My son has friends from before he was sick but they don’t hang out with him any more. If they happen to see him about town and he’s being taken advantage of or putting himself in bad situations they certainly would intervene so I’m thankful for that. My family barely tolerates him. He steals and uses drugs. They see his inappropriate behavior and they immediately are freaked out. A few criticise me saying I don’t “watch” him enough. How do you watch a grown adult 24-7? I gotta sleep …but nonetheless …I totally agree family support so important and understanding …sadly most of us don’t get it


I think we often don’t get family support because if people aren’t in our situation, they just don’t have any way to understand what is going on in our lives.m

I’m glad your son’s friends are there for him, it’s limited but it’s something.


My son also, he’s fascinated by photos of himself. And he seems to reminisce about things he remembers fondly about his childhood. I have mixed feelings about this, but he seems happy remembering and I’m probably reading too much into it. Too emotional :frowning: However, my fiancé found a VHS player because I haven’t had the videos converted yet, So …I’m sure it’ll be an emotional experience.


So beautifully said …


@daquilamarguerite1 I’ve started a new photo album with his entire life (up until he no longer let me take photos) and it’s been really emotional. All the potential, all the hope. I just have to keep telling myself - I will NOT let this beat me down and to continue to have hope.


I have a pretty box that says “Believe” on the outside and inside I’ve put information about my son, quotes and photos. I have a sillouette of him that was made by a photographer who was hired by his preschool, he was four years old at the time. It describes him (to me) as a shadow of his previous self. I glued it onto the inside of the box.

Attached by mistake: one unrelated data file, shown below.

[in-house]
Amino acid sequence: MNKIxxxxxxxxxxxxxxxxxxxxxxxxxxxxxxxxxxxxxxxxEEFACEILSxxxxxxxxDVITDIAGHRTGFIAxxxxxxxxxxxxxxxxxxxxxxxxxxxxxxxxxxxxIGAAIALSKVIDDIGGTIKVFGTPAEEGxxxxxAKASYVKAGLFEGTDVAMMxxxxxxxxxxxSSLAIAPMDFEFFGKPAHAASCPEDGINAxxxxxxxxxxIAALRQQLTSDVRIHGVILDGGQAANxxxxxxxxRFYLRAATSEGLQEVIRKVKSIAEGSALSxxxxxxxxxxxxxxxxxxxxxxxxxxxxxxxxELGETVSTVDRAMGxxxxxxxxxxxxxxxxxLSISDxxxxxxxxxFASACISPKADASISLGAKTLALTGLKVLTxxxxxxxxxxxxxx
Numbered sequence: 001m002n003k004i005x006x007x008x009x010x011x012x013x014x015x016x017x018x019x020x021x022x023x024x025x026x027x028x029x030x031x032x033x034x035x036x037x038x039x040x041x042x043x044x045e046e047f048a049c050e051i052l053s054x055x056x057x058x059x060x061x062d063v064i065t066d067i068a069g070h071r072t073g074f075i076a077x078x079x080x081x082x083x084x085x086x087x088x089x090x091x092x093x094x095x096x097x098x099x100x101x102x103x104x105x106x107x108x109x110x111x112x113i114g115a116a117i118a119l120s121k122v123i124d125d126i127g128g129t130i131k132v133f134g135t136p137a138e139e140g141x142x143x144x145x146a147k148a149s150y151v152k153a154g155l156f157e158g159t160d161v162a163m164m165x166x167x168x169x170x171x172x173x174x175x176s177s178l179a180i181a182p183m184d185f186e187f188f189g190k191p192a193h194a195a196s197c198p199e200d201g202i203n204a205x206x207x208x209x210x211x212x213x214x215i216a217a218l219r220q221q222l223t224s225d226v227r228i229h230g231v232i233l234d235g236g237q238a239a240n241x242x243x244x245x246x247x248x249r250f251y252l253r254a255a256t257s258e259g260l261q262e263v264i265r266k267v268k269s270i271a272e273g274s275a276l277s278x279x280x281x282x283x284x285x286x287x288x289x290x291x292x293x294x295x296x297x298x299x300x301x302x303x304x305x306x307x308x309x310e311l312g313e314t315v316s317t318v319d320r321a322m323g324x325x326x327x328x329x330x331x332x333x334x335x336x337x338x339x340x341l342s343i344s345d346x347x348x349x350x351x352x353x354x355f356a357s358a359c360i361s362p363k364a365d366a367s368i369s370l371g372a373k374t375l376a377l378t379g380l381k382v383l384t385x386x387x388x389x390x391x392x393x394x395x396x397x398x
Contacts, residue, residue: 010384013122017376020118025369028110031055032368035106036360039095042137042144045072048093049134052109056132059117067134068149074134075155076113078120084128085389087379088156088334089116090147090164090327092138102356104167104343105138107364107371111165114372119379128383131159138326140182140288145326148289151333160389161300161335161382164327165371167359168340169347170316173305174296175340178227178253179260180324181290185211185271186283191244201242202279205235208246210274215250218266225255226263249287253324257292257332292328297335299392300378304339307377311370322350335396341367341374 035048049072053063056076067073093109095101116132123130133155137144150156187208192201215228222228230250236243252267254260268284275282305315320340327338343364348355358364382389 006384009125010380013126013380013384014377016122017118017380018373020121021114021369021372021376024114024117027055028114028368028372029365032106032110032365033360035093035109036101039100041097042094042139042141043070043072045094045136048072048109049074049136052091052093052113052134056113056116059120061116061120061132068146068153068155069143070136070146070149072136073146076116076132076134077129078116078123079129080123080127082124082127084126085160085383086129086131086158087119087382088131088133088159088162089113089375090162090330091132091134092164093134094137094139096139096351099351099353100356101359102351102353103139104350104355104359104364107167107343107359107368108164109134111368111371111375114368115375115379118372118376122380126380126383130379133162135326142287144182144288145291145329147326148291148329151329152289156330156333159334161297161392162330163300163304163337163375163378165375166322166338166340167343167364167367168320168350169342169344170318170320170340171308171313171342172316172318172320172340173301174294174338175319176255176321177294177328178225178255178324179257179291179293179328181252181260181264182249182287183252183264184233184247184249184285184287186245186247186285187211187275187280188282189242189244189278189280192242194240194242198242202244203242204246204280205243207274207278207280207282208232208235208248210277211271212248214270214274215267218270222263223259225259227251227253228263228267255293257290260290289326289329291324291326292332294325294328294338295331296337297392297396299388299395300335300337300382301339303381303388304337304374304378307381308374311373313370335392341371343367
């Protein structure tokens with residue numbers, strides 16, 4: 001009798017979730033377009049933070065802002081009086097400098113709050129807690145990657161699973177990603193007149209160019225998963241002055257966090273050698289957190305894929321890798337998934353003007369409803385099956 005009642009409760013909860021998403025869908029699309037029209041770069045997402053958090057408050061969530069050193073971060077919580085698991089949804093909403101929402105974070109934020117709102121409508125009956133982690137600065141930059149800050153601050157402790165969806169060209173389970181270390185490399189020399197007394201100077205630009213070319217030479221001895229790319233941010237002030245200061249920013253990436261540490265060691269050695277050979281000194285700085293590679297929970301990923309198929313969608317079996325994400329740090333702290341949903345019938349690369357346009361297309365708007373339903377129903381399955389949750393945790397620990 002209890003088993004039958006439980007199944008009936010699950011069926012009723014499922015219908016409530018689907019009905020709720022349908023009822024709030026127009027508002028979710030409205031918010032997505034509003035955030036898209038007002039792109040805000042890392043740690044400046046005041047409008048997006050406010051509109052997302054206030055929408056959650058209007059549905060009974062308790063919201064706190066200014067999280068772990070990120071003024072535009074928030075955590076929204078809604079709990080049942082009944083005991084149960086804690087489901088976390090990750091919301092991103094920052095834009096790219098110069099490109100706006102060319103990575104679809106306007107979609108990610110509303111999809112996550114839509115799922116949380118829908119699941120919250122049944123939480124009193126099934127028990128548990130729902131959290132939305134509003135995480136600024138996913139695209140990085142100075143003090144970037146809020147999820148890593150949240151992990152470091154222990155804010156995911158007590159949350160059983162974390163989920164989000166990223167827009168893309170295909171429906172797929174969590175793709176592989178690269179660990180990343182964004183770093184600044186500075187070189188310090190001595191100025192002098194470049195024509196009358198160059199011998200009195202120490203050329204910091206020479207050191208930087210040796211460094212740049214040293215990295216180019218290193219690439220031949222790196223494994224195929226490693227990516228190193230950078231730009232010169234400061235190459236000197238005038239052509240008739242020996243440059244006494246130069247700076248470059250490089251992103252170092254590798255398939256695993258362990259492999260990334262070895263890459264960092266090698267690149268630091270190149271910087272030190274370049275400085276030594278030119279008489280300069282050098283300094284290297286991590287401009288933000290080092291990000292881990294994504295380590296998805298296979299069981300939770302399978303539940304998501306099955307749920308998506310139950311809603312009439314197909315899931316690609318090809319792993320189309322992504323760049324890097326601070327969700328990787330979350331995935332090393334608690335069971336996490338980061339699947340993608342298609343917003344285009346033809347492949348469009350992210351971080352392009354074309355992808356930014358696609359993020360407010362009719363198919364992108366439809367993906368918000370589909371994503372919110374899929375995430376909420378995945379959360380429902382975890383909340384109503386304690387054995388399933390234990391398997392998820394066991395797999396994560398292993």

I have a pretty box that says “Believe” on the outside

Great idea - I will probably start one. I read a non-fiction book about a woman who had dozens of prayer boxes.


I know it’s not just you. This is just awful! The system is so broken. I can’t hive you any more word. Just love.


One of the hardest things about mental illness is you can’t see it. All you see is the behavior which most people believe is controllable. With mental illness it’s not controllable. Sometimes they don’t even know what they are doing. I was like your husband until I looked up the symptoms and began to understand them. I never knew what a hallucination or delusion was but once I read the description on WebMD it was so obvious. I knew then why she acted the way she did. And it made it easier to understand and to forgive her. Education doesn’t make it easier but it makes it so you react with empathy and understanding instead of anger and mistrust. I was ready to give up my child because I didn’t understand mental illness was driving her behavior. Our household became calmer, less stressful, and less conflicted when we all got on the same page of understanding her behavior. If a patient has cancer, you can’t be mad at them for not feeling well or doing certain things. Same with mental illness. You can’t blame them for certain behaviors.


Well said Author. Hope you have a wonderful day!


@Author_Charity_Marie Yes it’s much easier and I have more compassion now that I know how my son is struggling.


Vallpen, this actually looks pretty good to me. Do you think he is sad? I don’t get the feeling my son is sad and for that I am most thankful.